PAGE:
Historic jobs growth!

19 May, 2024 - 00:05 0 Views
Historic jobs growth!

The Sunday Mail

. . .Agric, infrastructure driving employment opportunities

Emmanuel Kafe

THE last six years were a period of unprecedented job growth, as new employee registrations with the National Social Security Authority (NSSA), which represent the number of people entering formal employment, rose to about 700 000, it has been learnt.

Last year saw the second-highest number of new hires, with NSSA registering over 179 000 new entrants in the job market.

However, 2019 was the peak period for employment creation, recording a staggering 242 998 new jobs in the formal sector.

The data also reflects the impact of the Covid-19 pandemic, with a slump in new job creation documented in 2020 as economic activity slowed.

Zimbabwean law mandates all formally employed individuals to be registered with NSSA’s pension schemes, which are supposed to provide financial security upon retirement.

Registration figures offer insights into the dynamics of the job market, reflecting the number of new formal jobs created and the rate of people leaving employment.

Crucially, the data shows that “exits from employment are in decline”.

The agriculture sector emerged as the leading job creator during the reviewed 2017-2023 period, followed by the retail and general business sectors.

In an interview with The Sunday Mail, NSSA board chairperson Dr Emmanuel Fundira said the past five years were unprecedented in the country’s history in terms of job creation.

“We can’t even use the term best; we can say these past five years totally eclipsed what happened since independence,” he said.

“We have never received such fresh levels of energy in terms of zeal and determination of focus towards development.

“This is one area which had suffered over the years.

“And most of the repairs and the maintenance we are doing today, had that thrust been carried on since independence, we would be talking of a different Zimbabwe altogether.”

The substantial increase in new jobs, he said, was supported by the ongoing infrastructural development projects across the country.

“If you look at the real estate sector, it is one area where we are fairly strong in terms of property development.

“There have been quite a lot of new industrial developments, business malls, shopping malls, which have been opened under the Second Republic.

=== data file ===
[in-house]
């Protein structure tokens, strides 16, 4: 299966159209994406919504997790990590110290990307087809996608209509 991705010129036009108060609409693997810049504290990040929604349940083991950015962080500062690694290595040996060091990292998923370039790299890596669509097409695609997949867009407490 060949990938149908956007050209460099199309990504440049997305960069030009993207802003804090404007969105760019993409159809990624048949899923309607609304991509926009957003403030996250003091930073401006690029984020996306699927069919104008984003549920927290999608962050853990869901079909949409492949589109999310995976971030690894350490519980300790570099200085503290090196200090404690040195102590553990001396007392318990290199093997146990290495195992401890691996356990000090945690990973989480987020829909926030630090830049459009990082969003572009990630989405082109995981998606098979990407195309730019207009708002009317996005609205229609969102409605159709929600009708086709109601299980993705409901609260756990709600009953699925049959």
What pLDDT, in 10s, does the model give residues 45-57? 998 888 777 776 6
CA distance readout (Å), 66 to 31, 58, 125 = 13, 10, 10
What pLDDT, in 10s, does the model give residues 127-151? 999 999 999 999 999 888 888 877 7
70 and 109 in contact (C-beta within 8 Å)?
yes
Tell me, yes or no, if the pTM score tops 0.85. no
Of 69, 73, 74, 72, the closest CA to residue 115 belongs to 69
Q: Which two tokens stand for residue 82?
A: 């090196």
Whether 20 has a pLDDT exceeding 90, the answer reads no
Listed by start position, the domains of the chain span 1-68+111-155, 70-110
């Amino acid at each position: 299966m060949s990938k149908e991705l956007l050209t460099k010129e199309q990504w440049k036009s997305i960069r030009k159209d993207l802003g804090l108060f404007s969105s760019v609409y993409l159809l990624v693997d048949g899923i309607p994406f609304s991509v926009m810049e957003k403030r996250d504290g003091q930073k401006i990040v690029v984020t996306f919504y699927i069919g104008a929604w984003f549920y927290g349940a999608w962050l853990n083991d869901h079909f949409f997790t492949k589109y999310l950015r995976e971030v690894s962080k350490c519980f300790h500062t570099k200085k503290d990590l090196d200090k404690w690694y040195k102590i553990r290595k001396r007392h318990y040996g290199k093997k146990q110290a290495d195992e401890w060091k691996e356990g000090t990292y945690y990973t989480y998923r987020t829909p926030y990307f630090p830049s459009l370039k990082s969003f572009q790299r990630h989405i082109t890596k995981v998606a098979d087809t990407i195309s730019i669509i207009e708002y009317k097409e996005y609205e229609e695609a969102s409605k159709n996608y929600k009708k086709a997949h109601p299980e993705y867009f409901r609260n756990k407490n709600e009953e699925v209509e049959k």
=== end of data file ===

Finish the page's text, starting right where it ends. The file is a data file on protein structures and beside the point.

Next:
“You look at the new roads in the city . . . trunk roads are also being rehabilitated, whilst new ones are being developed.

“The new developments and the speed at which infrastructure is being restored is just unimaginable.”

Statistics obtained from NSSA show that 15 652 new workers were registered in 2017, before the figure rose marginally to 20 640 the following year.

The year 2019 witnessed a total of 242 998 people being registered as new workers, before the Covid-induced slowdown in 2020 led to just 78 409 people entering the job market.

There was a substantial improvement in 2021, with 121 145 people securing formal jobs, while just 16 517 entered employment in 2022.

Last year, a total of 179 277 new workers registered with NSSA.

The figures only capture formal employment numbers and do not account for those who have found work in the informal or semi-formal sectors of the economy, which are substantial.

In a separate interview, NSSA’s marketing and communications deputy director Mr Tendai Mutseyekwa said there has been a sustained upward trend in new registrations with the statutory body.

“The analysed data shows that there is a general increase in the trend of new registrations throughout the review period,” he said.

“Exits from employment are on a decline.

“Males are still dominating the labour market, according to the provided data.

“The peak period for new jobs creation was in 2019, where 242 998 new jobs were registered.”

He also said, had it not been for Covid-19, the growth trajectory would have been even better.

“The data analysed provides information on contributors who were registered with NSSA schemes for the period 2017 to 2023.

“The impact of the Covid-19 pandemic on new job registration is depicted by a sharp decline in new registrations in the year 2020, where the intensity of national lockdowns was the highest,” he added.

Zimbabwe National Chamber of Commerce chief executive officer Mr Christopher Mugaga said the solid job numbers were evidence of growth in crucial sectors of the economy.

“The increase in the number of people who are entering employment is because we have seen the expansion of the agriculture, manufacturing and construction sectors,” he said.

“We have seen several manufacturing industries coming to life and we are not surprised that we are seeing an increase in the number of jobs being created.

“Jobs are being created because we have seen investment in new infrastructure, be it building or equipment itself.

“All these are factors triggering job creation, including even increased tourist visits.”

Economic analyst Mr Edmore Gwapare said the positive trend in employment figures underscores the transformative impact of the current administration’s policies and initiatives.

“The surge in job opportunities can be attributed to the Second Republic’s policies, which have significantly enhanced capacity utilisation in industries and prompted the rehiring of workers who had previously lost employment.

“These policies directly contribute to the creation of new job opportunities, breathing fresh life into the Zimbabwean labour market,” he said.

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